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LILAC COLOR: Meaning, Psychology and Characteristics

Meaning of the Color Lilac

The color lilac is known as one of the shades of violet, which is created by the combination of the latter with the color white. Violet, in turn, can be obtained by the combination of a cold color in this case blue and a warm color, red in this case. Both violet and lilac have been associated with different psychological and cultural meanings.

Characteristics of the Color Lilac

The lilac color was named after the botanical species syringa vulgaris, which includes flowers whose distinctive feature is the color itself. In the same way, the color lilac can be achieved by the combination of the color violet with the color white, which is why it is considered one of the many types of violets that can be found.

Psychology of the Color Lilac

For psychology, color is closely related to emotions. This is because, after perceiving the chromatic ranges through the optical nerve, the rest of our system activates different emotions linked to our personal and socio-cultural experiences.

For example, for color psychology, cold colors, such as blue, are par excellence those that project tranquility, while warm colors, such as red, are those that generate sensations such as excitement. In the same way, as Eva Heller proposed in 2004, each color can have a different meaning depending on how it is mixed with other colors.

In this sense, the same author proposes that the color lilac has been linked in Western culture with an ambiguous image about cosmetics, vanity and the maturity that women can have. In other shades, the color lilac can be related to the frivolous and at the same time to the originality of something in particular.

In the same way, being in one of the lowest tones of violet, the color lilac has been associated with tranquility, sweetness, warmth, moderation and little impact. This color is not usually associated with negative behaviors or feelings, on the contrary, it is associated with sensitivity, empathy, kindness, balance and maturity of people. Everything mentioned above has served to use colors correctly according to the sensations and emotions they want to provoke.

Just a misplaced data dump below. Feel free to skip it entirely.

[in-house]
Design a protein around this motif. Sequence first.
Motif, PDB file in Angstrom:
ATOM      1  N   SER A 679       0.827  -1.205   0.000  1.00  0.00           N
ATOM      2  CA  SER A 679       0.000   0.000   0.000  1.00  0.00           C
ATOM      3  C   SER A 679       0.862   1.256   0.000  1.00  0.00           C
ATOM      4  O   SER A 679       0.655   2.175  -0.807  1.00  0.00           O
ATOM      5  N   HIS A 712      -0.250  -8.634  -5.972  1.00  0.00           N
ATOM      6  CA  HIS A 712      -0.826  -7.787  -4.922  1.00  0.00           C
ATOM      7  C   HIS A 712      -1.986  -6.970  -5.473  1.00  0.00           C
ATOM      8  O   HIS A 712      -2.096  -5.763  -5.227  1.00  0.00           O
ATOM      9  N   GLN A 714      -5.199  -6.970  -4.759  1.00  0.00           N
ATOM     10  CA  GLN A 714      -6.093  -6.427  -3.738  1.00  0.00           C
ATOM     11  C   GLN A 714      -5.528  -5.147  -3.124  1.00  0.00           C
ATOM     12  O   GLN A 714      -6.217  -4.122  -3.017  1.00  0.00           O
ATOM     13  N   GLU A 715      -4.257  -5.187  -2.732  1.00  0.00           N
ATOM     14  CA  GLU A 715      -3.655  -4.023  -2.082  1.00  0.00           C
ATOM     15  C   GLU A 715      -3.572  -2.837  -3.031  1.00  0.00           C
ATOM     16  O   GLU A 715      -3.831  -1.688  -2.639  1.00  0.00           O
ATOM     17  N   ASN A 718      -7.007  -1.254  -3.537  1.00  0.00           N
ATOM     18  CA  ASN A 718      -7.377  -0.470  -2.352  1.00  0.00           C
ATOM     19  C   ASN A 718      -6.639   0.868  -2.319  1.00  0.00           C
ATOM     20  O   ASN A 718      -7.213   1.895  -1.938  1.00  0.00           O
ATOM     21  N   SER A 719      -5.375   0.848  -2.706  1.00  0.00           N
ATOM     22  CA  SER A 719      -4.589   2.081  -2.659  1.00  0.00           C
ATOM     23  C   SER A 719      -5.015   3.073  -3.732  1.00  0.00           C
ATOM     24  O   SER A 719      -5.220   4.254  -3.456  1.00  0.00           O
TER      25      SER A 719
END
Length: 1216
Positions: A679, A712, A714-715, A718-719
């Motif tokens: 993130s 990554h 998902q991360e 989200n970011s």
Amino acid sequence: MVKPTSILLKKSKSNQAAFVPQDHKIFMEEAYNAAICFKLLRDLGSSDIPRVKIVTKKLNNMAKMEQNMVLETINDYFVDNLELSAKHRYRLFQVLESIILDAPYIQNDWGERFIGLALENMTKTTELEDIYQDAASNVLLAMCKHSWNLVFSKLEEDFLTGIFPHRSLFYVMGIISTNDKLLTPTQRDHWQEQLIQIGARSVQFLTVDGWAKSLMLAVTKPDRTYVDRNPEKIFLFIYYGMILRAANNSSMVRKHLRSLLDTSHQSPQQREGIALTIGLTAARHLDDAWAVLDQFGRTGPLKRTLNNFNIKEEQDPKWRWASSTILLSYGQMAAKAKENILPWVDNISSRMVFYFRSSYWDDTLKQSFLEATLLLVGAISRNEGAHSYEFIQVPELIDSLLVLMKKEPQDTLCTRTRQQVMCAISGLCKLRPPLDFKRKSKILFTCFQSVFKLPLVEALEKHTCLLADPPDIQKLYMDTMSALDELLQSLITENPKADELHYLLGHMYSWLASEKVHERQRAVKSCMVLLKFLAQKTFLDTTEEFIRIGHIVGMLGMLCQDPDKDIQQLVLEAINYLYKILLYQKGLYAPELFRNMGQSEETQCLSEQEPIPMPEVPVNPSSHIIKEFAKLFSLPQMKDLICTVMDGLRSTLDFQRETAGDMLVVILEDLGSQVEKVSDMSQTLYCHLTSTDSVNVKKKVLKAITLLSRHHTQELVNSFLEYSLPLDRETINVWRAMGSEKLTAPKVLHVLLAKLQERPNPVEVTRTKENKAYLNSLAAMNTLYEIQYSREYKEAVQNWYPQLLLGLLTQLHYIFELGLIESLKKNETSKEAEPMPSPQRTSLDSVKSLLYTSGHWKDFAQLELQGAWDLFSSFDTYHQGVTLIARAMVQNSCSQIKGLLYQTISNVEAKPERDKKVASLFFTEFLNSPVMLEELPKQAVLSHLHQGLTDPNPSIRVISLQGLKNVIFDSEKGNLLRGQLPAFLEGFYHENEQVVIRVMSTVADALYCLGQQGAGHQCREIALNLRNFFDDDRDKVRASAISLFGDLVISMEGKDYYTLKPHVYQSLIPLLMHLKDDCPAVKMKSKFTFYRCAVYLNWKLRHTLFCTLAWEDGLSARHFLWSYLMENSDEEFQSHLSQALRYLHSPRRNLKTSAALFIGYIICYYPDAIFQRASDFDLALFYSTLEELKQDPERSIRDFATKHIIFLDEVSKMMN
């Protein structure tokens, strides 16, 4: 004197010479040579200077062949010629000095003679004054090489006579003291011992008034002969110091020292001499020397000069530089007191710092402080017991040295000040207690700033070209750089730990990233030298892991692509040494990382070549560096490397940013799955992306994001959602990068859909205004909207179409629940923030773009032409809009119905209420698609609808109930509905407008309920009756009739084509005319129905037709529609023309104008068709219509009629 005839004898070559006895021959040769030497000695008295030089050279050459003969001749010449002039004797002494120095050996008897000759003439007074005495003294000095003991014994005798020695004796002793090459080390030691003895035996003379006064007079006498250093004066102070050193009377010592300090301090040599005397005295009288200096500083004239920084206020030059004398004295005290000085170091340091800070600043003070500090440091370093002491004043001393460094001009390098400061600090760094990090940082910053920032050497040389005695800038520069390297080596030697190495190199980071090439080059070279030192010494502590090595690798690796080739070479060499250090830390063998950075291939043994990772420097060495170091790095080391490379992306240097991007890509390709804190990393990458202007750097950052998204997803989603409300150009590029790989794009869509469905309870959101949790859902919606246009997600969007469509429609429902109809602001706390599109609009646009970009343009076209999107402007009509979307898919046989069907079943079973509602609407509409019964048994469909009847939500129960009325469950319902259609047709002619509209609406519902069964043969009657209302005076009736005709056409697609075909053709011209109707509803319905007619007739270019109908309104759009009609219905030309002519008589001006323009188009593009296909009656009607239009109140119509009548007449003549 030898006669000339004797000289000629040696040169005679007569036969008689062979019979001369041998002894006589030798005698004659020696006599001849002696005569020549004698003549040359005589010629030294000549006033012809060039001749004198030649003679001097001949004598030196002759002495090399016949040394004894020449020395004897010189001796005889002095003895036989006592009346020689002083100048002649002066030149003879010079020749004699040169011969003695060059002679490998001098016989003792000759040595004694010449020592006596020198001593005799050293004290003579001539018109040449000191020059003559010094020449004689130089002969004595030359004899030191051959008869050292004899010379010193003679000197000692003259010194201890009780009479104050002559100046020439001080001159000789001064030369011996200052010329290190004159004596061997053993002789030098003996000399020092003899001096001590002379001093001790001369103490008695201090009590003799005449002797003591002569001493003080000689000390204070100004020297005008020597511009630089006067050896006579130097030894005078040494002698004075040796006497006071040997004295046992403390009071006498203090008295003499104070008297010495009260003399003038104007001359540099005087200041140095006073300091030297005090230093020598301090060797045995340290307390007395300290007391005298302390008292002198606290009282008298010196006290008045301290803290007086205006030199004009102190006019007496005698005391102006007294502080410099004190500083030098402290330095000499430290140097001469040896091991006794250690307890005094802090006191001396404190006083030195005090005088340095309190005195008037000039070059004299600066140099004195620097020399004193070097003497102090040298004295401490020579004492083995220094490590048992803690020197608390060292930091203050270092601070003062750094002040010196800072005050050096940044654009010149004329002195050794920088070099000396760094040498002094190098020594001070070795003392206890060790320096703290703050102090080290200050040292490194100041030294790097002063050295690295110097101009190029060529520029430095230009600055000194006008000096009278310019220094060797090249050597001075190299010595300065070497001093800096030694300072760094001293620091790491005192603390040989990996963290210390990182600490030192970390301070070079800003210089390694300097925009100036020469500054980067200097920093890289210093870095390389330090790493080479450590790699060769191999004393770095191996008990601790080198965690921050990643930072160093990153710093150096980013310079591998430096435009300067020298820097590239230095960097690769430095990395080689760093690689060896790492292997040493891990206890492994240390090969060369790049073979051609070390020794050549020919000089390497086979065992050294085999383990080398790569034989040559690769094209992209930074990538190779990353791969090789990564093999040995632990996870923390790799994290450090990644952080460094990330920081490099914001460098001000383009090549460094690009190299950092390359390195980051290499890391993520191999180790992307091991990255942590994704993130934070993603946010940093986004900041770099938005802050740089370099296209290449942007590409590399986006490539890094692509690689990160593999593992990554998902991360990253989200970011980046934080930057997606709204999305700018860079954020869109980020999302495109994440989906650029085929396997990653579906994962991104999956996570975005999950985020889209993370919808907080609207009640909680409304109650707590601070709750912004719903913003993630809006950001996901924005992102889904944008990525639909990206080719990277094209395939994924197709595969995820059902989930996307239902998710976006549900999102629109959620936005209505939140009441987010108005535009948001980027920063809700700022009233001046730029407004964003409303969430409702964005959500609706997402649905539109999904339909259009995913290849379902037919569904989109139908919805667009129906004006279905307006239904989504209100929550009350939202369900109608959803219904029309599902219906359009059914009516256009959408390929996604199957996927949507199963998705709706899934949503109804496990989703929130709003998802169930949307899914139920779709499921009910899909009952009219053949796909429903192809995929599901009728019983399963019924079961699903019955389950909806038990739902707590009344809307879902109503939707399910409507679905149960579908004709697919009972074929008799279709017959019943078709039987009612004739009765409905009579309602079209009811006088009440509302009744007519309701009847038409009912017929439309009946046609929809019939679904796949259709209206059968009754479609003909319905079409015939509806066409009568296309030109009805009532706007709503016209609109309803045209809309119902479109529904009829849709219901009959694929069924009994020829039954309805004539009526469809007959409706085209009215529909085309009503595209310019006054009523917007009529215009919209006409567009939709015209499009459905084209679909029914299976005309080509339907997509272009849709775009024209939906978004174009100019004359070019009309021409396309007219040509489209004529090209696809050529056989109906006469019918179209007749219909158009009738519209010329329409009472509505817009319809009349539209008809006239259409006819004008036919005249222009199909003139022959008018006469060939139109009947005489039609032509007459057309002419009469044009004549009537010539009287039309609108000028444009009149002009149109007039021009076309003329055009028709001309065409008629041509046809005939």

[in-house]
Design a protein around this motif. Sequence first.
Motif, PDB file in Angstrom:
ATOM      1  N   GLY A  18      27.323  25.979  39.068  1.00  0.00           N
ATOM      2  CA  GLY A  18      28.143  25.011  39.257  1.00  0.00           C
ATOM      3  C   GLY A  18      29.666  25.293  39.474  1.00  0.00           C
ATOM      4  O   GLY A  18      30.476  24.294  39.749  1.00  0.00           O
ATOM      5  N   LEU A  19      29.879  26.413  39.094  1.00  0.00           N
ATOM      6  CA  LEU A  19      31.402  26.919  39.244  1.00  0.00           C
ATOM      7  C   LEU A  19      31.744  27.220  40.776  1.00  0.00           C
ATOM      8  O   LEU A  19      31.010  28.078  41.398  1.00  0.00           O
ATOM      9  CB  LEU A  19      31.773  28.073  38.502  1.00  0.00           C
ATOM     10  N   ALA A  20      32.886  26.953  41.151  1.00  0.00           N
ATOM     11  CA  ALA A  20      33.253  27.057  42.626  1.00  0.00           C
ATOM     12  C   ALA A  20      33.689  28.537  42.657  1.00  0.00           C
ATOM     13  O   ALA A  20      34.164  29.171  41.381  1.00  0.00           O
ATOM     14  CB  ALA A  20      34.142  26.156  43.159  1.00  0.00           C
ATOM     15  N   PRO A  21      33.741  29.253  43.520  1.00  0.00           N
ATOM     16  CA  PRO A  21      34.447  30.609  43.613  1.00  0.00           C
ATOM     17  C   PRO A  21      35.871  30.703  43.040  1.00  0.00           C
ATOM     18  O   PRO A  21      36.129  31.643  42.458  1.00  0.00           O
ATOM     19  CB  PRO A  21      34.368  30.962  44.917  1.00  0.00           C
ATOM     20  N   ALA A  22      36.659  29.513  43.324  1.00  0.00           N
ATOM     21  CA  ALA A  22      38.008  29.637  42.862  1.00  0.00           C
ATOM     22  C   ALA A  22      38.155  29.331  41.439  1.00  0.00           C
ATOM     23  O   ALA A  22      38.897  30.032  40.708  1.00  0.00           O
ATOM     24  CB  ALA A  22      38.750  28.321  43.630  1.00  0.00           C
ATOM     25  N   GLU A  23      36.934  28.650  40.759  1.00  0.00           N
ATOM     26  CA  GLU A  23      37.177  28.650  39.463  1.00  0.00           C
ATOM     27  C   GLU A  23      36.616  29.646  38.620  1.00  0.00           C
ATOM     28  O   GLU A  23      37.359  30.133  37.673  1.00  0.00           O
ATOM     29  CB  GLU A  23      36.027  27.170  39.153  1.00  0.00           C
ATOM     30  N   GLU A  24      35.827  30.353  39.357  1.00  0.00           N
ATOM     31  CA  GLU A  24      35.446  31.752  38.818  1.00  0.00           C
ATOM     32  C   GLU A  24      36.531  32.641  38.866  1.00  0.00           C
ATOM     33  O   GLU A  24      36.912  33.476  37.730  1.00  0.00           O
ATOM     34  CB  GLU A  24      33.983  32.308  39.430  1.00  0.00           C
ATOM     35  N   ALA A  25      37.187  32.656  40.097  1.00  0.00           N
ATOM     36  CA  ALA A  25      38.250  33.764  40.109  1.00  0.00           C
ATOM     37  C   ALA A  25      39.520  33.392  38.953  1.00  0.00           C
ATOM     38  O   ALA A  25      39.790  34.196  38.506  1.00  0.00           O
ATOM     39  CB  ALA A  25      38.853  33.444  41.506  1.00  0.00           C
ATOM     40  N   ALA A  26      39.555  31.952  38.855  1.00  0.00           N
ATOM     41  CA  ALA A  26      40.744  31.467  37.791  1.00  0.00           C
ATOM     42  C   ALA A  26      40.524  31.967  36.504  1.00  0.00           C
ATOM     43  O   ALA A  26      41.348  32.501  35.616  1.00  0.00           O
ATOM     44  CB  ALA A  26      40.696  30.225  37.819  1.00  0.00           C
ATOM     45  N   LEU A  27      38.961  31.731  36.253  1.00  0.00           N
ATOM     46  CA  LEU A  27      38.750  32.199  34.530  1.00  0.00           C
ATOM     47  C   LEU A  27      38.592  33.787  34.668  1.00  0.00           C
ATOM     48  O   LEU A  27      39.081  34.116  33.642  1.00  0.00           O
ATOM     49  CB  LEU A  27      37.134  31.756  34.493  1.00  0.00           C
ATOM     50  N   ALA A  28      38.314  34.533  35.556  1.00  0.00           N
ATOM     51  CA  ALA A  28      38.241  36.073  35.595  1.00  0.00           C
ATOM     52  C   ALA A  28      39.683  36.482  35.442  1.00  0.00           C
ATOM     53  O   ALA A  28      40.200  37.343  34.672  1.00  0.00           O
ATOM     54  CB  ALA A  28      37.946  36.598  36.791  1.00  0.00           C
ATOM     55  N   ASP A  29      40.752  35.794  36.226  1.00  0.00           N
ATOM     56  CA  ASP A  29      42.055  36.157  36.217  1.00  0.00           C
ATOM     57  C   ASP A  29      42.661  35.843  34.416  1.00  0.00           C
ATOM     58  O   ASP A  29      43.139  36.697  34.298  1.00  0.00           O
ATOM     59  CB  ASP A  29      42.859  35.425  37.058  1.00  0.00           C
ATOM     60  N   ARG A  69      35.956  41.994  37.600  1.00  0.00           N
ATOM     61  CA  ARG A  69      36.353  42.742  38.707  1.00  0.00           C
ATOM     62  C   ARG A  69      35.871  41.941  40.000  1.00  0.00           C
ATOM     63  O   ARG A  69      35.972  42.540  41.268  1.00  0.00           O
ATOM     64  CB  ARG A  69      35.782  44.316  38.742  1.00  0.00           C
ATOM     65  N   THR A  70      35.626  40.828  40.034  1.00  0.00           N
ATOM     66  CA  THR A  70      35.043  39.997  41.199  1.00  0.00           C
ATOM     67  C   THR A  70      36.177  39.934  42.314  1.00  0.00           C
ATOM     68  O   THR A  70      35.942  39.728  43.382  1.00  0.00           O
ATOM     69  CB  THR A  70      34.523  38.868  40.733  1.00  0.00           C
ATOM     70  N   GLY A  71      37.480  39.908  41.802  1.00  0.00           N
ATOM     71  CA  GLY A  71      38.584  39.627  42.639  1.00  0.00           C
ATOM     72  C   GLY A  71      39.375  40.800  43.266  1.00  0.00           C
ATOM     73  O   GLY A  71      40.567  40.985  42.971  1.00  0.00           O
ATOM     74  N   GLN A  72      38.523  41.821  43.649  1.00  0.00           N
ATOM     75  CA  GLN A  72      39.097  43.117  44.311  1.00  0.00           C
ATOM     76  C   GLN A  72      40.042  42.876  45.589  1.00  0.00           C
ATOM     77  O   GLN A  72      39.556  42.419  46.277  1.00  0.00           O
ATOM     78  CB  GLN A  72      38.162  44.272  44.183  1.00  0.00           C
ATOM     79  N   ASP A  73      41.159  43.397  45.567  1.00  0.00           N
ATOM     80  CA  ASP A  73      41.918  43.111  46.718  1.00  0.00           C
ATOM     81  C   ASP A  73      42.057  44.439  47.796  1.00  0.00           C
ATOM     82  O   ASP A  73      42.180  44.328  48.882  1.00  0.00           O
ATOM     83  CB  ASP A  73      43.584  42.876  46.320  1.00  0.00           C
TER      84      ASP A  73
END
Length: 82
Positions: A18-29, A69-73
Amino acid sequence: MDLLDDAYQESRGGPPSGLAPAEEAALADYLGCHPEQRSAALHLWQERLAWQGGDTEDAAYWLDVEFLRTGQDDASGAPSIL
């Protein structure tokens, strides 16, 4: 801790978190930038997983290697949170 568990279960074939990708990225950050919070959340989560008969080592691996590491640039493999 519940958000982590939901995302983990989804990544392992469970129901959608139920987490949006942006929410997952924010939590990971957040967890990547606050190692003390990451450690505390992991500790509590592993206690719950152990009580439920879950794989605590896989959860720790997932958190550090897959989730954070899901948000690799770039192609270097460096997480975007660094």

Types or Shades of the Color Lilac

It includes a wide range of shades that go from light lilac to common lilac, passing through French lilac, mauve and lavender.

Decoration with the Color Lilac

Lilac has surpassed Millennial Pink as the most exciting cake for homes, and you couldn’t be more pleased. While pastel pink can be a relaxing complement to a contemporary color palette, lilac and lavender are more versatile and easier to use.

Once thought of as nostalgic and sentimental, today’s lilac works beautifully in contemporary spaces with clean lines and simple décor, and in rustic spaces with a simple color palette.   Painting is a quick and easy way to introduce a new color to your home when you are ready to decorate with lilac.

The color lilac for the bathroom: lilac is a natural product for your bathroom. With soft white trim and accessories, lilac can give any style bathroom a clean, fresh look. If you have chosen lilac paint for your bathroom walls, you have several options for accent colors.

The most popular color palette for a lilac bathroom includes accessories in green, yellow or gray. Brushed nickel bath accessories work best with lilac and lavender, but oiled bronze accessories complement a traditional style bath.

The color lilac for a room: decorating with lilac isn’t just for soft color palettes. In a small room, lilac gives the right touch of color with a black and white color palette without overloading the room. This way you’ll want to choose one of the more saturated lilacs, or even a soft purple, to match the sharpness of the black and white for visual balance.

Lilac Walls: Accent walls can be painted in any room in your home, but we love the look of a lilac bedroom wall that shows a beautiful headboard. Lilac paired with wood tones is sophisticated and romantic. Any wall in your room can be an accent wall, either to highlight an architectural feature or to fake one with a large headboard or furniture.

How We Perceive the Color Lilac ?

In the retina of the human eye, violet and lilac are perceived by the simultaneous excitation of the blue and red cones, which are located in the pitting at the center of the luteal macula of the eye. These work as trichromatic receptors through the optic nerve, which is in charge of communicating chromatic messages to the brain.

Through a wavelength of between 380 and 420 nm, blue and red lights are generated, which finally allow us to perceive the color violet and lilac, as well as the different tonalities that exist of the color.

Cultural Significances of Lilac

Colors not only activate perceptions and emotional experiences on an individual level, but can mobilize different social codes depending on how they have been used culturally. Even within the same culture the meaning of colors and their shades can have different meanings but between loops. For example, in Europe the color purple implies penance, although this same color in light tones like lilac is related to humility.

Number or Code of the Lilac Color

  • HTML code: #B695C0
  • RGB Code: (r, g, b) (182, 149, 192)
  • CMYK code: (c, m, y, k) (5, 22, 0, 25)
  • HSV Code: (h, s, v) (286°, 22%, 75%)

Objects and Things in Lilac

A bag, a glass, a shirt, a chest, a headband, a pair of socks, a belt, a watch, a flower, skates, a pin, an eggplant, a butterfly, a dress, a cake, among others.

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Images and Drawings with the Color Lilac